NL East Forecast: Hey, Washington, Let’s Try This Again, Shall We?
The Spitter whiffed badly last year in our projections for the National League Eastern Division. So we went back through the numbers to see if there was a singular thing that Atlanta excelled at. The answer is yes…and no.
The Braves finished fifth in the N.L. in runs-scored and eighth in all of baseball in batting average (.300) on balls put in play. They did just about everything well. Nothing in particular stood out except for two things: doubles hit and batting average against. The Braves had 30 more doubles compared to the Washington Nationals and gave up an N.L. low .229 batting average against. Both teams were dead even in a host of other categories including runners left on base per game (3.61 for Atlanta to 3.68 for Washington). Atlanta was fourth overall in total bases and fourth in the N.L. in batting average with runners in scoring position. That’s a nice combination to have. But Atlanta pitchers also gave up 148 more walks than the Nationals. What does it all mean? Damned if I know.
WASHINGTON: I loved what the Nationals did in the off-season not knowing if they were going to get Bryce Harper. The signing of Patrick Corbin from Arizona bolstered an already strong pitching staff and the signing of Matt Adams gives them an extra first-baseman/designated hitter. Ryan Zimmerman hit .377 against lefties last year but only .228 against righties. Adams has hit .278 against righties in his career and .285 with men on base.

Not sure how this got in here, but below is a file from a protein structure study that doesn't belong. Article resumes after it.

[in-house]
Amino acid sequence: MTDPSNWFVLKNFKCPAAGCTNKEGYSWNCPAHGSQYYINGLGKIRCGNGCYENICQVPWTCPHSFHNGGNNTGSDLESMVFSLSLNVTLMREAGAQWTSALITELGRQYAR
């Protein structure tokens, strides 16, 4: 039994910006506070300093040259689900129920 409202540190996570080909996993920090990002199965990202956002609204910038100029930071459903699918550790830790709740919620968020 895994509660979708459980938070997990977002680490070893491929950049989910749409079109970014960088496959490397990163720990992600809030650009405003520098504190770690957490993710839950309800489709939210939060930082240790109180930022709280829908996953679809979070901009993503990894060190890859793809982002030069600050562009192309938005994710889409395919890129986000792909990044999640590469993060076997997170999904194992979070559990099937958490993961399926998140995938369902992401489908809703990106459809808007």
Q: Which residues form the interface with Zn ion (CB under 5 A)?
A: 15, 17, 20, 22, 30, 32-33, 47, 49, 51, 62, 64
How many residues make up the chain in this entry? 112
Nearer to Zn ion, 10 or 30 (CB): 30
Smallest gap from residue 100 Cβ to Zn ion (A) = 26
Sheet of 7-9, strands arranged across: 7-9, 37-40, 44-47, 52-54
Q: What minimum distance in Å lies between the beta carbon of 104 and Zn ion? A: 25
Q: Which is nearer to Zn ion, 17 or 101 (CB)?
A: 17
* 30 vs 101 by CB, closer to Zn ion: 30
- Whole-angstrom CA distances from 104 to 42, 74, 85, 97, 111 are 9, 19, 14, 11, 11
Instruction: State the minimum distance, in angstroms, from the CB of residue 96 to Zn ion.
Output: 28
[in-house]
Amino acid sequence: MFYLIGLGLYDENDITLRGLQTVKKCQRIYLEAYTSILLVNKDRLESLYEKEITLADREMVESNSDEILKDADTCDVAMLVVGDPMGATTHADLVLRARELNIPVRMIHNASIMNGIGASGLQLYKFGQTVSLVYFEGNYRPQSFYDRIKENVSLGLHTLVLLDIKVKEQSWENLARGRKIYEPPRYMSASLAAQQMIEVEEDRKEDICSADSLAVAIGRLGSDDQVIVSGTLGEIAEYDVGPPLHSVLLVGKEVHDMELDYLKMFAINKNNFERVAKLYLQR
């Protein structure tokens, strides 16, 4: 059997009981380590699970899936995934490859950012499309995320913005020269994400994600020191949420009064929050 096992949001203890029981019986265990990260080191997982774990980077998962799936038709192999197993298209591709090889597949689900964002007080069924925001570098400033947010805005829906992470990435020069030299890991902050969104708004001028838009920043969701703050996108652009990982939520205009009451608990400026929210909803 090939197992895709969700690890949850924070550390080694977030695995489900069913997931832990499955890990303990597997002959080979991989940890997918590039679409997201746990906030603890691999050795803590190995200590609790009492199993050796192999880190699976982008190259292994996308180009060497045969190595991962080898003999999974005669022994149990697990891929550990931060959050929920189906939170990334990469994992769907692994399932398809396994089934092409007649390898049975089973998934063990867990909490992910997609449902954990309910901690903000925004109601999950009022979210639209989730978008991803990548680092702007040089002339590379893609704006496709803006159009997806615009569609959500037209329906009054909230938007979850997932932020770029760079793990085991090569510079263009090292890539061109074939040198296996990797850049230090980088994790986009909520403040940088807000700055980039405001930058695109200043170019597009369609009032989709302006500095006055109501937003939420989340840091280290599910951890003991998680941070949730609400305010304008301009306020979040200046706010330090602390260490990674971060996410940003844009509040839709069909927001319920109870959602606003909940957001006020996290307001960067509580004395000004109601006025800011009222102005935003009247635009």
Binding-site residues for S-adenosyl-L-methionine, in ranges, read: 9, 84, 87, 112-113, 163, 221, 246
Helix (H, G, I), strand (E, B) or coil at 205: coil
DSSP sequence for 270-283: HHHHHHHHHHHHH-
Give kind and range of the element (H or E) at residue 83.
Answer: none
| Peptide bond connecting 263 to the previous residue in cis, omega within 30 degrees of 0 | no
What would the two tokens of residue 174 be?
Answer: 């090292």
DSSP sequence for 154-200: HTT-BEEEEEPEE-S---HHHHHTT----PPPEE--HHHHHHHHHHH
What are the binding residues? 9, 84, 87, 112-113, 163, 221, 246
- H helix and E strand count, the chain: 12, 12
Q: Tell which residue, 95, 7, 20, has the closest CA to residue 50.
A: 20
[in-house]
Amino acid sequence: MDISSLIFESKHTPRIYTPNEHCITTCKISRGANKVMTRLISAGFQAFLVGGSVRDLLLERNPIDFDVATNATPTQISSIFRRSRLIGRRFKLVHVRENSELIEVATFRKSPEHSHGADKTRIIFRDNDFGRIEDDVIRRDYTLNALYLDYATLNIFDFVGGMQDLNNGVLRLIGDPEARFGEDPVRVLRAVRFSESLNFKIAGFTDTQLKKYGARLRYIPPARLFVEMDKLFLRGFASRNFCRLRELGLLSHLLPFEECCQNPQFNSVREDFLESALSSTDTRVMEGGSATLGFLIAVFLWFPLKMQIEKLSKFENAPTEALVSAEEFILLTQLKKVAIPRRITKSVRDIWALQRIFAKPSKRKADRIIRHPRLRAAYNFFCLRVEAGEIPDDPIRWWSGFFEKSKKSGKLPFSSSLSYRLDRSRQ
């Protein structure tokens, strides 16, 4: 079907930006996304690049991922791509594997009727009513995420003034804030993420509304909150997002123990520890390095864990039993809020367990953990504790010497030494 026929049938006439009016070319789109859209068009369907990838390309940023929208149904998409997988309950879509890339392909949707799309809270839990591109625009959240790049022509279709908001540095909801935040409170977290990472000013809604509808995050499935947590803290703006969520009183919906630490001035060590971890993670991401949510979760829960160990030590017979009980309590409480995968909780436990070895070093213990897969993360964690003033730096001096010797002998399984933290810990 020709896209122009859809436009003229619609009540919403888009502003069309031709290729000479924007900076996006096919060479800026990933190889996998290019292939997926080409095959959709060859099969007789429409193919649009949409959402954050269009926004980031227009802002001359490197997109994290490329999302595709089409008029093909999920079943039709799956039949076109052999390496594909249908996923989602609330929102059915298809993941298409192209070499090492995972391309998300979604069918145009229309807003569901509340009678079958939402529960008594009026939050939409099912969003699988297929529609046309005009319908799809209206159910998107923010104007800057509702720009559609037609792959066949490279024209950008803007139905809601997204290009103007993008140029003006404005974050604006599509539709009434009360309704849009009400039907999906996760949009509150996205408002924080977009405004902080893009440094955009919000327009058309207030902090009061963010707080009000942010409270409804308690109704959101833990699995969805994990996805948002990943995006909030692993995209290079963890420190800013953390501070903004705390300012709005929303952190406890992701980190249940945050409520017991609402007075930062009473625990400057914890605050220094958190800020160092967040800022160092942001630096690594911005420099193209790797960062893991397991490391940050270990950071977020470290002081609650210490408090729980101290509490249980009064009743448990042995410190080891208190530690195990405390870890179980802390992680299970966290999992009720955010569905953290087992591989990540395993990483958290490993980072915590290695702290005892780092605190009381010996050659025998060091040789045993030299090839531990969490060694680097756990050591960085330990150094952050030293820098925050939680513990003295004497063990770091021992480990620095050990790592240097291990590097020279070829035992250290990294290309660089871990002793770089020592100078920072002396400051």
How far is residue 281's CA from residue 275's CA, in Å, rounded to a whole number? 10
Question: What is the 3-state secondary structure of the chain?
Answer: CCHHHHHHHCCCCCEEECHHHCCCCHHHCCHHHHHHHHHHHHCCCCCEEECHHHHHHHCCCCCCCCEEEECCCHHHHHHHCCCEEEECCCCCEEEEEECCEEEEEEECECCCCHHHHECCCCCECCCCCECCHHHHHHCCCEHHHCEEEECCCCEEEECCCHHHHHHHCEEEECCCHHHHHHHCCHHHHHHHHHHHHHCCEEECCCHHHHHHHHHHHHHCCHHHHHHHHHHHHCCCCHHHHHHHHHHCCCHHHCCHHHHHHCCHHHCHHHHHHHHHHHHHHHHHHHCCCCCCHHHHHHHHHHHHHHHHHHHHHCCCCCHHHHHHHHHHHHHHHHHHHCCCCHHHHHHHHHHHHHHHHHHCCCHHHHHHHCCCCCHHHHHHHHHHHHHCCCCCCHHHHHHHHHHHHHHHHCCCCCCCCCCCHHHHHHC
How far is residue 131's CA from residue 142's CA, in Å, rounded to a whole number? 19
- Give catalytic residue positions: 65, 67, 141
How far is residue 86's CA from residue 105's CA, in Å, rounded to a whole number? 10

I like Anthony Rendon, and what’s not to like? All the guy does is hit 40 doubles, 25 home runs and .290 every year while not striking out a whole lot. You can put him anywhere in the lineup, and he plays a really nice third base, though he has yet to win a Gold Glove.
Howie Kendrick will still be hitting when he’s 75. I can envision the bat boy helping him out to the plate in his walker and him hitting .285. He gives you a lot offensively in what could be a platoon role in three positions. It will be interesting to see how much playing time he gets this year as he comes off of an Achilles injury. Adam Eaton is coming off knee surgery. He’s also one of those .290 guys who can do a lot of things well offensively and will be asked to provide some power lost with the defection of Harper.